I don't know if canister was ever made using rocks. But, in fact, as far as cannonballs are concerned, it was a regular chore of gunners to chip away irregularities in shot before it was used, and with cast iron shot it was often necessary to chip away excrescences from rust. The term windage was used to denote a difference in the internal diameter of the barrel of a cannon or musket, as well as the anticipated drift of a projectile fired. It was accepted both in cannon and in muskets that there would be windage with the shot--shot for both cannon and muskets was produced with a shot tower. Molten lead would be dropped from a height into cold water, and then hand milled to meet specs. I suspect that with round shot from rock, it was simply milled by hand. Another method for removing rust excrescence from cast iron shot was to roll it back and forth in a canvas sling filled with sand. That could have worked with stone shot as well. The method to eliminate any lessening of muzzle velocity due to excess windage was to pack the shot in with wad. The windage of muskets used in the wars called the Napoleonic wars was so commonly significant that soldiers would drop the shot into the barrel after tearing it from the cartridge and then simply slam the butt of the weapon on the ground to drop the shot into place, after which the remaining paper from the cartridge would be rammed home as wadding--and sometimes they didn't even bother with that.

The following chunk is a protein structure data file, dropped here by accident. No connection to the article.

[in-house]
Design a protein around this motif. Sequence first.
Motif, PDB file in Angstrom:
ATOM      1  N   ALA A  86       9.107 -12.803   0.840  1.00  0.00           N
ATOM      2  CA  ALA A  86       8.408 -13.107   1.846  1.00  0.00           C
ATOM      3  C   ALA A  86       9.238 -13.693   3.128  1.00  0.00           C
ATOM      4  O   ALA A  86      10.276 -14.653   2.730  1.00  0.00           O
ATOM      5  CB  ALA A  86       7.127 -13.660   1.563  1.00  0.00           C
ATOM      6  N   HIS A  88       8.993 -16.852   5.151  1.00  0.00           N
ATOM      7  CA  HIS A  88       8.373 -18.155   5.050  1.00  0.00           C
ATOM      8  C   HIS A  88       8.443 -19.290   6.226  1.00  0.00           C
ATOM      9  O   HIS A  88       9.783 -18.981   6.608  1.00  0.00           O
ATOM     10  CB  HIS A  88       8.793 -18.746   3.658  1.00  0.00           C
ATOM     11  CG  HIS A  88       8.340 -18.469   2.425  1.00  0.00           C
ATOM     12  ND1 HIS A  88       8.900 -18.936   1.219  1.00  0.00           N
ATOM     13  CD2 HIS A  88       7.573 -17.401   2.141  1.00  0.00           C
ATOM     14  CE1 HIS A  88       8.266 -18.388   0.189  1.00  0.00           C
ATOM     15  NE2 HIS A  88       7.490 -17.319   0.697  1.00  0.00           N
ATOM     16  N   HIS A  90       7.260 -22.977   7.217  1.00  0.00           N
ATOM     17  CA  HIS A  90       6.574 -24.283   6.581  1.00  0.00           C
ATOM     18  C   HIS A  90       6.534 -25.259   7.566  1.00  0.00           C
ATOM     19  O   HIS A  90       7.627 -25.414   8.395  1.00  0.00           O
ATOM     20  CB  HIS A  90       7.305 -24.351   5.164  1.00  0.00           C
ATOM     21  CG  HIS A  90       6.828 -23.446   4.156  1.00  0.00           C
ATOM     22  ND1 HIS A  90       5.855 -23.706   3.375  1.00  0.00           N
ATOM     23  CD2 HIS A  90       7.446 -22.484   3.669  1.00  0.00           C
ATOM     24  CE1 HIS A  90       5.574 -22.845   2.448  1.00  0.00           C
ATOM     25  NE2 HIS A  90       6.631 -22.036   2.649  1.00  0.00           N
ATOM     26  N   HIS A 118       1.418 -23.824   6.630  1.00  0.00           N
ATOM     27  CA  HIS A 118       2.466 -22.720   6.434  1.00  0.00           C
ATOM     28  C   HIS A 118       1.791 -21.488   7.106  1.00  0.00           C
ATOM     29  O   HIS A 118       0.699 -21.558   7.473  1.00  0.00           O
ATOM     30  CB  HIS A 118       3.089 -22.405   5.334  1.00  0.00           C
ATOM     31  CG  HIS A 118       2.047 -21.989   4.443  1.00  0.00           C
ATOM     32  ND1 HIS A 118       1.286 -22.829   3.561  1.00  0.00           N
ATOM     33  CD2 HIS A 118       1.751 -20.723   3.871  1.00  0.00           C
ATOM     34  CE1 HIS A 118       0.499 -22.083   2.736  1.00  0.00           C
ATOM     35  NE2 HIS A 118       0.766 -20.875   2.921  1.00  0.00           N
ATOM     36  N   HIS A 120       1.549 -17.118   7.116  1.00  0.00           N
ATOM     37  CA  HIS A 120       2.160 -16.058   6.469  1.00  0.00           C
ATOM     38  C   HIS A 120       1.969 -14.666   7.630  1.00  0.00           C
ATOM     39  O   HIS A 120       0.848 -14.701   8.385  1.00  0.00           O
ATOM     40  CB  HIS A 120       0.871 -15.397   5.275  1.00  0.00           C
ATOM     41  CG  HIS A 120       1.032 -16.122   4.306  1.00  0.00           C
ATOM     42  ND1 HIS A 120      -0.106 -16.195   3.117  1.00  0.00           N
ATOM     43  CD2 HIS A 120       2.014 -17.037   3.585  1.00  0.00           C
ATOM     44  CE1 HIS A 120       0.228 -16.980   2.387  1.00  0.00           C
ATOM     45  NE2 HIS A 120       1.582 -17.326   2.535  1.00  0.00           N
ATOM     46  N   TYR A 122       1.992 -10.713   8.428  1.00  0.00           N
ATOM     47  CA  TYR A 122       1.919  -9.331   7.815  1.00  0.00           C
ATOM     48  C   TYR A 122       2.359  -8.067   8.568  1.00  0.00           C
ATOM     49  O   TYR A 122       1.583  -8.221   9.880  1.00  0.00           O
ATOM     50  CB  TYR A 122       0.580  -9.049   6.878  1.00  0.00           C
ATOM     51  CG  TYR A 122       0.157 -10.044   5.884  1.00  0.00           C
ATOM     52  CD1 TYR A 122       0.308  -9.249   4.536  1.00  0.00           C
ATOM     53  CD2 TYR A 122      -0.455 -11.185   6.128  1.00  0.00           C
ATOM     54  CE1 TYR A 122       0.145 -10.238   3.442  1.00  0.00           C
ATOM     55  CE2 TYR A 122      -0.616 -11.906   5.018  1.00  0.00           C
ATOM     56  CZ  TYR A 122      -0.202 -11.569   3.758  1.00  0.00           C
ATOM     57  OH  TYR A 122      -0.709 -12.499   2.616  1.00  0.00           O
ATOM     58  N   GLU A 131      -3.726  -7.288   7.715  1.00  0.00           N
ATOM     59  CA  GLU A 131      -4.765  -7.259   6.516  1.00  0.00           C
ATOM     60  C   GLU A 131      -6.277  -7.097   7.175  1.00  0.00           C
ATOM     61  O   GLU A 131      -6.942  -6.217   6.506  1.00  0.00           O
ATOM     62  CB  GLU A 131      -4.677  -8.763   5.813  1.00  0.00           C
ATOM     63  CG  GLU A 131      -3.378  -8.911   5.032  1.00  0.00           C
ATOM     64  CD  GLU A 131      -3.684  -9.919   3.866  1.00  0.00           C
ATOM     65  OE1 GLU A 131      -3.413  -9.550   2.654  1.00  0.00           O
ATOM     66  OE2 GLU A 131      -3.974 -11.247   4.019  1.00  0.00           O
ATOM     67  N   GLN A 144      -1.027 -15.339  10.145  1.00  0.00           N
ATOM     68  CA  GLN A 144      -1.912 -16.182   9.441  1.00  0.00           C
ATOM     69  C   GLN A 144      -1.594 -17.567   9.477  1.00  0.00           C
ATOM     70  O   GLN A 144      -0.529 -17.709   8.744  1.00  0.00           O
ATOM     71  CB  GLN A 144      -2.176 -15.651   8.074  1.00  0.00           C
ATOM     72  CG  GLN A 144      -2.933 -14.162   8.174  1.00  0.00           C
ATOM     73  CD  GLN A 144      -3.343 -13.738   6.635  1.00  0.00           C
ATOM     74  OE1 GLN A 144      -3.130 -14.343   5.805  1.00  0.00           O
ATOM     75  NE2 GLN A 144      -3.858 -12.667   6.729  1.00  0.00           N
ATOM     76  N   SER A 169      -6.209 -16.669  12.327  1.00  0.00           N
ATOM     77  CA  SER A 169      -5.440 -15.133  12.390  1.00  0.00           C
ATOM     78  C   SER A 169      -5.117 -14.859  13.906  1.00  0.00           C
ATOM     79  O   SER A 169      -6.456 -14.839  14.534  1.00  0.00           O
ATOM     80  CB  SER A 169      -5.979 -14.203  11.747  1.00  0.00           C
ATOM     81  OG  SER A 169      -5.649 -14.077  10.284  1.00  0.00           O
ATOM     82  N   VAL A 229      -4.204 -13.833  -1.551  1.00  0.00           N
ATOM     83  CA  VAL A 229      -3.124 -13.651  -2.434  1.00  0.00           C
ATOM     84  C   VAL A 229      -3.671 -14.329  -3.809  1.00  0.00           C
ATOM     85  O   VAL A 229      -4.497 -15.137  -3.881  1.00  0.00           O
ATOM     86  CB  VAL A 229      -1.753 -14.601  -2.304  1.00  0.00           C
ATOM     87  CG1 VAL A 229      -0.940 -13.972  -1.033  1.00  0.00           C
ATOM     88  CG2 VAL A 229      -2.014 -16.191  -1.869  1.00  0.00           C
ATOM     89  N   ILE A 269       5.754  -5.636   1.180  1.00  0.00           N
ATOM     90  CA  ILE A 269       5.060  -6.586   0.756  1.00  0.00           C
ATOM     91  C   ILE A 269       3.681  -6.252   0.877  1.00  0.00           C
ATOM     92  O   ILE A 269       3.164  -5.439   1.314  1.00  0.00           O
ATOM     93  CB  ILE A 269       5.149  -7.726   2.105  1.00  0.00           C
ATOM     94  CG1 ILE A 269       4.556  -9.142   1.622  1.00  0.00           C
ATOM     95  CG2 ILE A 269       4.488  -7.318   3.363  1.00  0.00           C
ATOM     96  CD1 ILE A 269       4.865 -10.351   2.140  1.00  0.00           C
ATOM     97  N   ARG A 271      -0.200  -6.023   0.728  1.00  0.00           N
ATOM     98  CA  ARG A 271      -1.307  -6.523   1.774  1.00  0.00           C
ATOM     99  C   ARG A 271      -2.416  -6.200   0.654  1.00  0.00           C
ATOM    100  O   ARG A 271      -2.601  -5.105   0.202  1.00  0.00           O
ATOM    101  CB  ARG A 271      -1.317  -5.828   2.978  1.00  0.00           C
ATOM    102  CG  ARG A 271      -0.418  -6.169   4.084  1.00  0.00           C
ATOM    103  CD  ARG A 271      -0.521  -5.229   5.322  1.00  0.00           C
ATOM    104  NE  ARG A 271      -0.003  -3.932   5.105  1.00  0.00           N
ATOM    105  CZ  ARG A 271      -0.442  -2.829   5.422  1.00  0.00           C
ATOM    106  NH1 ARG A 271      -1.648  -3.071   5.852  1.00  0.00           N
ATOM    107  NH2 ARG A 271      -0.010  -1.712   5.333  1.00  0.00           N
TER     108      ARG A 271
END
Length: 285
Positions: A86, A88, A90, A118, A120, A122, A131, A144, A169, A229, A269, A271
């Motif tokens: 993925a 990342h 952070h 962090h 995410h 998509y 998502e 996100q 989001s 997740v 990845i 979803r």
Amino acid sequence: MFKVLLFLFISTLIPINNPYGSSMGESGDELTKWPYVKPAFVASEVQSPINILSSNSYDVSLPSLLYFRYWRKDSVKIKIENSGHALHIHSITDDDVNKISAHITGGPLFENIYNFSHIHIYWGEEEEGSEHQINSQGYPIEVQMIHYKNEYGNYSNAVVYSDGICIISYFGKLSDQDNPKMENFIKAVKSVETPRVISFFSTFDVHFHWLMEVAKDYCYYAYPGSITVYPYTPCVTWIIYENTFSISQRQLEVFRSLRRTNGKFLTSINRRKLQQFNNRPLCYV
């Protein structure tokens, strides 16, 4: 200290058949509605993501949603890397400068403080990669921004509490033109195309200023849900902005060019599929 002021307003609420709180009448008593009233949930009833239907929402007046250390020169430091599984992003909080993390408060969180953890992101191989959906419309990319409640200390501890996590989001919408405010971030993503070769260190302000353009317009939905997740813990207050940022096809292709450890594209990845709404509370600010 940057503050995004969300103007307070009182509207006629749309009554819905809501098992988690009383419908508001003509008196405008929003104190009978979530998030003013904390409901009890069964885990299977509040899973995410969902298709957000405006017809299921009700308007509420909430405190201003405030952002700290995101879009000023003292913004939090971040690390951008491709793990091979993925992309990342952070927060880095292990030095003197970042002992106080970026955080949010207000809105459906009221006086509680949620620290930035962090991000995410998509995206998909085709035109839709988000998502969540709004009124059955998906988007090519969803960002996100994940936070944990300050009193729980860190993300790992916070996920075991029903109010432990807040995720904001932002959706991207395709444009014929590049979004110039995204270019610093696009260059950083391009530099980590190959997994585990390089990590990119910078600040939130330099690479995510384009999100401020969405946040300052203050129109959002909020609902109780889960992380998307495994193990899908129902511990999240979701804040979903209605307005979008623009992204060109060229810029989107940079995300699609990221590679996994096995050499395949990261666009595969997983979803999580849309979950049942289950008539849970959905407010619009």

0 Replies
 
Setanta
 
  2  
Reply Mon 21 Sep, 2009 10:40 am
By the way, the accuracy of black powder weapons of all kinds was so notoriously unreliable that officers didn't expect much from it, and tended to rely upon the "moral force" of a bayonet charge to dislodge the enemy. Modern studies suggest that 1% or less of musket shots found a target with any appreciable effect. A German gentleman did a study of the battle of Mollwitz, the first in which Frederick the Great commanded the Prussian army, and decided that 2% of musket balls found a target with effect. He based this on the evidence that the Prussians had fired off 350,000 rounds of small arms, and had inflicted 7,000 casualties. It was likely closer to the 1% mark, though, since that figure ignored the proportion of Austrian casualties who were listed missing (captured, surrendered or taking "French leave"), and it ignored how many casualties were inflicted by artillery, and by "white arms"--which is to say the sabers and lances of cavalry.